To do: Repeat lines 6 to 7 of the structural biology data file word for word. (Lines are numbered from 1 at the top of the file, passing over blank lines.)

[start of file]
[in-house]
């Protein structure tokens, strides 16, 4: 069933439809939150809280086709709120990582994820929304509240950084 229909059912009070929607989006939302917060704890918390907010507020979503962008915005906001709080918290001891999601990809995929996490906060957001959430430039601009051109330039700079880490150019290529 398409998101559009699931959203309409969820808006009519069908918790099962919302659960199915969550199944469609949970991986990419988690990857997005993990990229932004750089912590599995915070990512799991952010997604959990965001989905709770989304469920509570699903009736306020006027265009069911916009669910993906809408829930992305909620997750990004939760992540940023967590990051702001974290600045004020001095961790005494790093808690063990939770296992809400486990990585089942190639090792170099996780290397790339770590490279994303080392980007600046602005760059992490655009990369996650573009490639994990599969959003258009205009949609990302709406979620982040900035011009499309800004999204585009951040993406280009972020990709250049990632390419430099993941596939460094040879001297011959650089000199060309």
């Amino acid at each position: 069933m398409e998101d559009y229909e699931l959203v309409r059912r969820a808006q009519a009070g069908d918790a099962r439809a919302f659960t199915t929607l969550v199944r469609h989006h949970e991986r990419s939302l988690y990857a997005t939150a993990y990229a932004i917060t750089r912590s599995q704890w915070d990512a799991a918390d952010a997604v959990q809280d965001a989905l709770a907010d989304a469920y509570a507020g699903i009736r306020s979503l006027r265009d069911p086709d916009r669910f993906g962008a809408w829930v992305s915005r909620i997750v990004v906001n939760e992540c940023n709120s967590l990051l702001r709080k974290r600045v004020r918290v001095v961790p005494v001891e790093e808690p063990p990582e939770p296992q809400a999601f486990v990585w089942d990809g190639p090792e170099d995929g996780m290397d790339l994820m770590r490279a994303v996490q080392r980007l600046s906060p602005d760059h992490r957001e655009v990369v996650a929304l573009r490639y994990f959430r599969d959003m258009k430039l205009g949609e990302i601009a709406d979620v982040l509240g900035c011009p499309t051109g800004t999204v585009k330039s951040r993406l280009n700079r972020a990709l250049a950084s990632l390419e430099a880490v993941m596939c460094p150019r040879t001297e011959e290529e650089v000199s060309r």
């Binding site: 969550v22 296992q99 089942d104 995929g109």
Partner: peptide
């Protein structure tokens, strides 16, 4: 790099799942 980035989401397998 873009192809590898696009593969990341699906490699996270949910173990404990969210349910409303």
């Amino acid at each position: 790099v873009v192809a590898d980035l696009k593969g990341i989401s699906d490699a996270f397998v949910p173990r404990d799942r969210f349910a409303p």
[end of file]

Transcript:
């Protein structure tokens, strides 16, 4: 790099799942 980035989401397998 873009192809590898696009593969990341699906490699996270949910173990404990969210349910409303």
């Amino acid at each position: 790099v873009v192809a590898d980035l696009k593969g990341i989401s699906d490699a996270f397998v949910p173990r404990d799942r969210f349910a409303p």